Anywho, Ares was pissed off that the Amazons were better then his armies, so he convinced Hercules to go after them. After being unable to beat them in battle, he tricked and enslaved the Amazons. Feeling bad, Aphrodite freed them and guided those who would agree to war-no-more to the magically protected paradise island (Themiscyra). Here, they created a utopian society. The Amazons who said screw that, we're gonna get us some revenge and stayed behind in man's world created the known myths and would become the Bana-Mighdall.

After a while the Queen, Hippolyta, wanted a child. So she went down to the beach and carved a sand vagina, used some clay to sculpt a child and the gods gave it life. This is Diana.

Fast forward and she's a young adult labouring under some serious wanderlust, having lived all of her life in paradise. Col. Steve Trevor, of military intelligence, crash lands on Themiscyra. He needs to get back to man's world to stop some sort of dickery being caused by Ares. So it's decided that a contest will be held to determine who has to take him and, with his assistance, stop Ares. Hippolyta being very "mom" refuses to allow Diana to participate, so she masks her identity, wins, and is off to kick some ass.



It's pretty long and event specific, which makes it less iconic then your Batman and Superman origins. Those, you can play with the details more without messing up.


Powers

Originally, every issue of Sensation Comics started with the claims "As lovely as Aphrodite - as wise as Athena - with the speed of Mercury and the strength of Hercules." Back then Diana's powers were the result of "Amazon training" which gave her increased strength and speed far surpassing untrained people. And while she couldn't fly, she could "glide on air currents" (aka falling with style). You'll note that all this would be common to every Amazon - originally Diana was just the best of them. It was also something anyone could achieve if taught.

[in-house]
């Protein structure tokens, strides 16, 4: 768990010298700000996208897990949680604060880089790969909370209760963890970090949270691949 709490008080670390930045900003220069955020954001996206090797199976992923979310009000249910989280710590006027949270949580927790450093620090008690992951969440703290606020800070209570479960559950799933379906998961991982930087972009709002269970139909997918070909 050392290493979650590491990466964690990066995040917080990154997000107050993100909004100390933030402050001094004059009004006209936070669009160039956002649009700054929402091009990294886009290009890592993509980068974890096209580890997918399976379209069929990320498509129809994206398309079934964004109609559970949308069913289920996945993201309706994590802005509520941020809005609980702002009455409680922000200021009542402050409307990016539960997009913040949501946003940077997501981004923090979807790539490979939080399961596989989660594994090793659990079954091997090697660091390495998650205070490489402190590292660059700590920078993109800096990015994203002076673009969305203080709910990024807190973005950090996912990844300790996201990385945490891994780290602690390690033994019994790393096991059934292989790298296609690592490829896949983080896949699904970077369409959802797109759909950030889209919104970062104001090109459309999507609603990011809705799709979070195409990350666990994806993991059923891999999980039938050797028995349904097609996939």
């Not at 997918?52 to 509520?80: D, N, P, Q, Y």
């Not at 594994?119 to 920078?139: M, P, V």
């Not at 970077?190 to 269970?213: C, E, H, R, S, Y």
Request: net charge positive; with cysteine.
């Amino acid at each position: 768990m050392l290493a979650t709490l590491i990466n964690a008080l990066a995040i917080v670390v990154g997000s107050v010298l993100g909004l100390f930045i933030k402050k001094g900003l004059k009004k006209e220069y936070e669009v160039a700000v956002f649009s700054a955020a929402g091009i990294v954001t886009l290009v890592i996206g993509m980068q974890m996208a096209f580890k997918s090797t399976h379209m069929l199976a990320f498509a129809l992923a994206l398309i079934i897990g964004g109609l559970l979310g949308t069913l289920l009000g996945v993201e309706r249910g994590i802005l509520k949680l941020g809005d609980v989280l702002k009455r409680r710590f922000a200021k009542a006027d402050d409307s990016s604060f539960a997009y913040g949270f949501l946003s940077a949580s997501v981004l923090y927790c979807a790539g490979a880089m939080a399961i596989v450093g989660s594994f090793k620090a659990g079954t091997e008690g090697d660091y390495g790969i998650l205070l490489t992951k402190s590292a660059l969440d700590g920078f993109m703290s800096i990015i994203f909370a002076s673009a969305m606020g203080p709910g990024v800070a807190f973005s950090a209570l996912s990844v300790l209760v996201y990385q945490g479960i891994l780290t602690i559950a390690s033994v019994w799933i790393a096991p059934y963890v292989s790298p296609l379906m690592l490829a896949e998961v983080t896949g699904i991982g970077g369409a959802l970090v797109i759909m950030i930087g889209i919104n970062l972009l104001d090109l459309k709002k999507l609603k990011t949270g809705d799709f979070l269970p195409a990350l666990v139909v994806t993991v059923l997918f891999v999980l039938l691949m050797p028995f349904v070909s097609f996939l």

What may be surprising to people is that Diana was very much a tech hero. In order to save Steve Trevor's life she used the mechanical purple healing ray, had a "mental radio" which allowed her to transmit her thoughts over extreme long distance (like back home to Themiscyra), and of course the invisible jet. Amazonian society, while originating in the classical Greek world, had advanced over the last two thousand years and that included their grasp on technologies.



After Crisis, George Perez's run on the title changed this fairly heavily. One of the big differences was that the Amazons had become "frozen in time" in regards to their tech, the way they dressed, etc. And where in Marston's original story Aphrodite had breathed life into Diana, this time she had a team of Gods get in on the act. And as these Olympians gave a bit of themselves into her, Diana naturally has powers to reflect that (and no, writers, just because she was given life by the Gods they can't casually take it away. And no, she's not a golem. Stop trying to write that story). Those Gods/powers are:

Demeter: "...grant her power and strength..." Self explanatory.
Aphrodite: "...great beauty and a loving heart..." God-given hotness.
Athena: "...grant her wisdom..." Character cheat.
Artemis: "...the eye of the hunter and unity with the beasts..." Super-vision, talks to animals.
Hestia: "...sisterhood with fire..." Immune to flamethrowers? I guess that useful. Thanks Hestia.
Hermes: "...speed and the power of flight..." Checking off generic hero powers.
Gaea: "...LIFE!" Diana's connection to mother Earth generally gets represented as an ability to take a lot of blunt force trauma, but leaves her vulnerable to piercing weapons. This is an excuse to allow her to take hits from your Supermans and Darkseids while still needing to use the cool bullets and bracelets visuals.

Other tools she uses are her bracers (hard metal capable of deflecting projectiles), her tiara which somehow is like a boomerang and comes back when she throws it and is sometimes very sharp but doesn't cut her and is often her official tiara as the Princess of Themiscyra which begs the question of why the official headware of the Amazonian monarchy is boomerangable... oh, and she has a magic lasso.


The Lasso

One of Wonder Woman's most famous features is what has become known as "The Lasso of Truth". In pretty much any sort of behind the scenes thing you read about the character you will no doubt be told that Marston based the lasso on his other famous invention, the lie detector. Something like this:
Anyone caught in the lasso found it impossible to lie. And because Wonder Woman used it to extract confessions and compel obedience, the golden lasso was of course nothing less than a lie detector... Like the lie detector upon which it was modelled, Wonder Woman's Golden Lasso produced truth - and by implication justice and freedom too - through coercion.

This is actually somewhat false; a connection is made between the two because it seems reasonable, but it's not true. When originally created her lasso did not compel truth, but forced the bound to submit to the user's will. (Diana had been allowed to use it by Aphrodite because she had shown that she had the love and wisdom needed to wield so powerful a concept.) It was not a fancy polygraph, but instead a stand-in for the power of feminine allure.